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Peter Kruse (born 30 January 1955 in Osnabrück, Lower Saxony) is professor of organizational psychology at the University of Bremen and founder and CEO of nextpractice GmbH in Bremen. His main field of research was processing of complexity and autonomous order formation in intelligent networks while his interdisciplinary work focuses on the application of collective intelligence to economic and social developments. Together with his team of psychologists, economists, sociologists, computer scientists and designers at nextpractice, Peter has developed a tool that can tap into the intuitive beliefs driving social change. By accessing the parts other data can’t reach, it offers you the most valuable insight of all: what’s coming next. His latest work is very much focused on the Internet and the ways it helps shape and transform society and politics. In this area he has developed a close working relationship with Ulrike Reinhard. The evolution of "NetSociety" is a matter close to his heart and the driving force behind his What’s Next? – International Institute for Cultural Understanding and Participation.
After graduating in psychology, biology and human medicine, Peter took a summa cum laude Ph.D.in 1984 as a member of the German National Academic Foundation's high potential program. He then worked for over 15 years at various German universities in the field of brain research where his key interest was in processing of complexity and autonomous order formation in intelligent networks. In 1994 he won the Berninghausen Prize for innovative teaching and in 2003 the Teaching Award in Gold of the ZfU International Business School.
As a business consultant, Peter works for a diversified range of companies and institutions, and includes many of the top 100 German companies among his clients. He is author of over two hundred scientific and popular publications. In 2004 he won the German Social Democratic Party's Innovation Prize for entrepreneurial dedication and in 2009, "Personalmagazin" once more listed him among the 40 most influential personalities in HR management.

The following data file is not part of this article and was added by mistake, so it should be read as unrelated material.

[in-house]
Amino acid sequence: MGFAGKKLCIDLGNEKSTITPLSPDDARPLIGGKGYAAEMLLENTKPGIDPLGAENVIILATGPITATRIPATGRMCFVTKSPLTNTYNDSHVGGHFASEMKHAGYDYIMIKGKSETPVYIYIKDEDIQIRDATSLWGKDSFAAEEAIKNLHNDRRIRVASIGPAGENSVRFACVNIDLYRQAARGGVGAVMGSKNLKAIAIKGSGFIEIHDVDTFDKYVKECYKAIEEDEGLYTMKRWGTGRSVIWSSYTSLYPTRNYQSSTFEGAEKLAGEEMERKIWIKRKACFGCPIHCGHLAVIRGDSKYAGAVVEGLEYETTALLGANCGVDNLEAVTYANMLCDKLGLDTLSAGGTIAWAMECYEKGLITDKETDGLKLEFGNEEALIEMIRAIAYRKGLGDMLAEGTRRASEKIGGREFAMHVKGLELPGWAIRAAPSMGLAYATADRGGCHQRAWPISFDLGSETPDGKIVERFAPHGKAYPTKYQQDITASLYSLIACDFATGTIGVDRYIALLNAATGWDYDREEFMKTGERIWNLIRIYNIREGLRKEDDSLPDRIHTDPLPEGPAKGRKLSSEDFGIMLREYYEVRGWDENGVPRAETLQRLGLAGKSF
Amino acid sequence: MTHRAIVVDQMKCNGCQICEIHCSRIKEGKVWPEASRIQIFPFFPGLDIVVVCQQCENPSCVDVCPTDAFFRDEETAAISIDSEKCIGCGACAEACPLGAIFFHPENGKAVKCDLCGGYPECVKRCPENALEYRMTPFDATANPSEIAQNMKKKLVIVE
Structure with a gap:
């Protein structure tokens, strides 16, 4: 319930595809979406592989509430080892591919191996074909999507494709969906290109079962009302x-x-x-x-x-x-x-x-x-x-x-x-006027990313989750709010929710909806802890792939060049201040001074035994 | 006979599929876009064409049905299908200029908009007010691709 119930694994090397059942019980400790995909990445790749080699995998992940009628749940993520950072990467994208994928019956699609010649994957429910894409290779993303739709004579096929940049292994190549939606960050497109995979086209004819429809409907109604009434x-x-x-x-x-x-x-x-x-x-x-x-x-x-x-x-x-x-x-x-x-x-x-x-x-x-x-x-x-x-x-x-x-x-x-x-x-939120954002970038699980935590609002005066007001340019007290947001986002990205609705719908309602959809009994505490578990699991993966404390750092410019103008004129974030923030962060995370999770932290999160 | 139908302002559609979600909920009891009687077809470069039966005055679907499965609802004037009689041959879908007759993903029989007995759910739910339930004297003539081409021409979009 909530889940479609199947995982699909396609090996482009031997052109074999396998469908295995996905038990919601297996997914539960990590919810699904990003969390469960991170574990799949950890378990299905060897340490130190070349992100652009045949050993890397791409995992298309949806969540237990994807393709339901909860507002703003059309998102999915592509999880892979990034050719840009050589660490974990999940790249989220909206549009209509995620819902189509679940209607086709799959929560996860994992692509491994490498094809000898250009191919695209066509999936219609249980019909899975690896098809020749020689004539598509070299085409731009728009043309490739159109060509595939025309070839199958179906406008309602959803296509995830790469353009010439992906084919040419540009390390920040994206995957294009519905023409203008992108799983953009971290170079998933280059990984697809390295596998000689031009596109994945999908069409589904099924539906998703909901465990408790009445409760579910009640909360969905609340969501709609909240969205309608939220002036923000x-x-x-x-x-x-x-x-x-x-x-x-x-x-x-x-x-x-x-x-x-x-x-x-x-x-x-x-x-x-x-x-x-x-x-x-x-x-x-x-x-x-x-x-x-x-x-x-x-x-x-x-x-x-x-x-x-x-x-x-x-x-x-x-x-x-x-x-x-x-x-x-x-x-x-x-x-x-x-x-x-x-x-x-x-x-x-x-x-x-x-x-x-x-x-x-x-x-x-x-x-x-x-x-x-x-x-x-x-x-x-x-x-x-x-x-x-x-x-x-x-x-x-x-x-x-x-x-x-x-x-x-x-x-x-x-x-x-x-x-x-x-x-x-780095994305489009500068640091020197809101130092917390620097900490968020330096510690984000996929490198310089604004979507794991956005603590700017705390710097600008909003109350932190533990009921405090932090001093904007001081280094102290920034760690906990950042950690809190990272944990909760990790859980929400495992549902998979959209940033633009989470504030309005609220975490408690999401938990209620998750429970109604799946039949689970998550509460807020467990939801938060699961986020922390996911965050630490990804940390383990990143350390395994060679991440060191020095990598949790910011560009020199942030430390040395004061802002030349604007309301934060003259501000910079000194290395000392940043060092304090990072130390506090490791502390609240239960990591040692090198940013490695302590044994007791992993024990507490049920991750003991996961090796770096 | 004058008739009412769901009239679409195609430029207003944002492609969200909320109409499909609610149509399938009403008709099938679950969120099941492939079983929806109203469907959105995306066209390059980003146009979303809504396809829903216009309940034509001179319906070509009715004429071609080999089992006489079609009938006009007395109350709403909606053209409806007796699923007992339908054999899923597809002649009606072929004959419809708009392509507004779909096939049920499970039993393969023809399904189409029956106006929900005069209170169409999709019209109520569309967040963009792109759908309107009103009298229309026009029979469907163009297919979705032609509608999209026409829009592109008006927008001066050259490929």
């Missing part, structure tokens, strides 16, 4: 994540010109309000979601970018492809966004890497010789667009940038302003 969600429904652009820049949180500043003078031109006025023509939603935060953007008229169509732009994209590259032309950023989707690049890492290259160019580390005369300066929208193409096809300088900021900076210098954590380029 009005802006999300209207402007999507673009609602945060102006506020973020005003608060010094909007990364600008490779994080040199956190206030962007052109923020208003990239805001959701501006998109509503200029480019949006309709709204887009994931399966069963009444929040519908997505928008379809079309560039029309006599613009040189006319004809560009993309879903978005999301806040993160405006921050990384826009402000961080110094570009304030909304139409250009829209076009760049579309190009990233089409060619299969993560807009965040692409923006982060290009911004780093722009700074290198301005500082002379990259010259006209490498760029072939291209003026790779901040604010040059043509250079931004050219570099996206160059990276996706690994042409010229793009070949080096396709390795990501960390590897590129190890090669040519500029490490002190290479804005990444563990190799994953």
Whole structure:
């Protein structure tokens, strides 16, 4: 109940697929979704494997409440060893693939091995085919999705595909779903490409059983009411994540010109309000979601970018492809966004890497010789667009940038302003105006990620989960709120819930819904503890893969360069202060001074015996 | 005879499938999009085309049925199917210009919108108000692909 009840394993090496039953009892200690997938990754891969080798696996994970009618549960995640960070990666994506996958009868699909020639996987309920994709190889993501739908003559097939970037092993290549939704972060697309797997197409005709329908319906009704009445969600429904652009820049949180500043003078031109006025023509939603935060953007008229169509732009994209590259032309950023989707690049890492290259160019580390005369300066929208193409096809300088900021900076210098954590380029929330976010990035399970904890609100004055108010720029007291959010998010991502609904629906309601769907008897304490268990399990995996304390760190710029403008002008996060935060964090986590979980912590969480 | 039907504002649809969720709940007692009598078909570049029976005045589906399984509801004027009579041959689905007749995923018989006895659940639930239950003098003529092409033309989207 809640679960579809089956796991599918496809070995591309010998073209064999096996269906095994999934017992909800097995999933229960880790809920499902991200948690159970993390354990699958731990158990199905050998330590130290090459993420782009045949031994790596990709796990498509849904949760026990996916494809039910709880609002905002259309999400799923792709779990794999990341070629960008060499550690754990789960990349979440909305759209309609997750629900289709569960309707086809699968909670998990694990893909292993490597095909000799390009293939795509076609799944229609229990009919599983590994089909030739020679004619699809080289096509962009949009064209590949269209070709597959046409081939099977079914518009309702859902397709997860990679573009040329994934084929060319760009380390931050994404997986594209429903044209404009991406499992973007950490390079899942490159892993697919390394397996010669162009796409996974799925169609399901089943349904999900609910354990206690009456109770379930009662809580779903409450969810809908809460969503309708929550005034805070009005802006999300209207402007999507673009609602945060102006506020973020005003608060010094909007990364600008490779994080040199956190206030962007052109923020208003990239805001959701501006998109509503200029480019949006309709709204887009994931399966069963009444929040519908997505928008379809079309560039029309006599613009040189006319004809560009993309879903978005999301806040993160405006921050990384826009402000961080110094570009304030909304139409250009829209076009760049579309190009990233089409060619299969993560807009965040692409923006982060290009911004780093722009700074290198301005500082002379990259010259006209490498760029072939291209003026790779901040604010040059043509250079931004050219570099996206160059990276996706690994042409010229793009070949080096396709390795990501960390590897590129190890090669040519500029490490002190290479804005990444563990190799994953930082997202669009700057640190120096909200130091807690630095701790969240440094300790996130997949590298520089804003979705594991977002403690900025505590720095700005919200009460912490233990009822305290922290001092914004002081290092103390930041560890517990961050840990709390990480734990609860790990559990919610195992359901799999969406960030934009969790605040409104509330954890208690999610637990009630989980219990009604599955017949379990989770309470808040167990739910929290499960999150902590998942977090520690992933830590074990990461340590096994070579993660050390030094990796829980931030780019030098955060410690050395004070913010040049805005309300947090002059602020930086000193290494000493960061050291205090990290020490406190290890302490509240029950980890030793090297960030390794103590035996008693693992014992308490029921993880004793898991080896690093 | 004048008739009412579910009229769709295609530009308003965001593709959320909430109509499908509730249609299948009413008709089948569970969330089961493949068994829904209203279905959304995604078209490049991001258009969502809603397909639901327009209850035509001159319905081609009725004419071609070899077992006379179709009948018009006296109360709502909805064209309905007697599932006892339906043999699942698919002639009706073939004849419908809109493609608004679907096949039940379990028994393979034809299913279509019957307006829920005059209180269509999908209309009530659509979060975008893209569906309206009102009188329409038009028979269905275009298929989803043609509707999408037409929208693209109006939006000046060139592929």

Together with his interdisciplinary team of specialists at nextpractice, he develops customised management tools to support entrepreneurial decision-making and empower collective intelligence. Using the ‘nextexpertizer’ tool, Peter is able to access the collective intuition of groups, revealing the hidden value patterns underpinning social change. The data that emerges enables us to answer the question: what’s next?
The nextexpertizer tool is the fruit of Peter's long engagement with science and business consultancy. This tool enables reduction of complexity without any attendant information loss and supplies an answer to the question: What’s next? The nextexpertizer makes it possible to analyse differences and similarities in the unconscious valuations of groups of people. Systematic access to the collective intuition of groups enables us to understand cultures, brands and markets in a new and innovative way while at the same time significantly reducing the costs of cooperation in highly diversified networks.
Three value propositions of the nextexpertizer can be substantiated by the studies made so far:
(1) Measurement of collective intuition: understanding the dynamics of cultural value patterns is possible on the basis of relatively small interview samples. (2) Prediction of future development: changes in value patterns take place on a far slower time scale and on a lower level of variety than attitudes, opinions or behaviour. (3) Comparability of different contexts: notwithstanding the problem of semantics, it is possible to compare both individual and cultural value systems using the same method. This means that the same interviews can be conducted in different countries without the need for extra adjustment as the cultural context is created by the people interviewed and represented in the matrices.
Selected Scientific Work
- Kruse, P./Stadler, M. 1993: The significance of nonlinear phenomena for the investigation of cognitive systems. In Haken, H./Mikhailov, A. S. (eds.): Interdisciplinary approaches to nonlinear complex systems. Berlin: Springer, pp. 138–160, ISBN 3-540-56834-4.
- Kruse, P./Stadler, M. 1995 (eds.): Ambiguity in nature and mind. Multistability in cognition. Berlin: Springer, ISBN 3-540-57082-9.
Articles and Interviews
- Kruse, Peter (2011). "Soft Values, Hard Facts". Think Quarterly.
- Kruse, Peter (2010). "The Network Is Challenging Us (print and online)". we-magazine.
- Kruse, Peter (2011). "Moving beyond Left, Right and Center: How Politics Grapples with the Challenge of Participation". EAPC-Books. Unknown parameter
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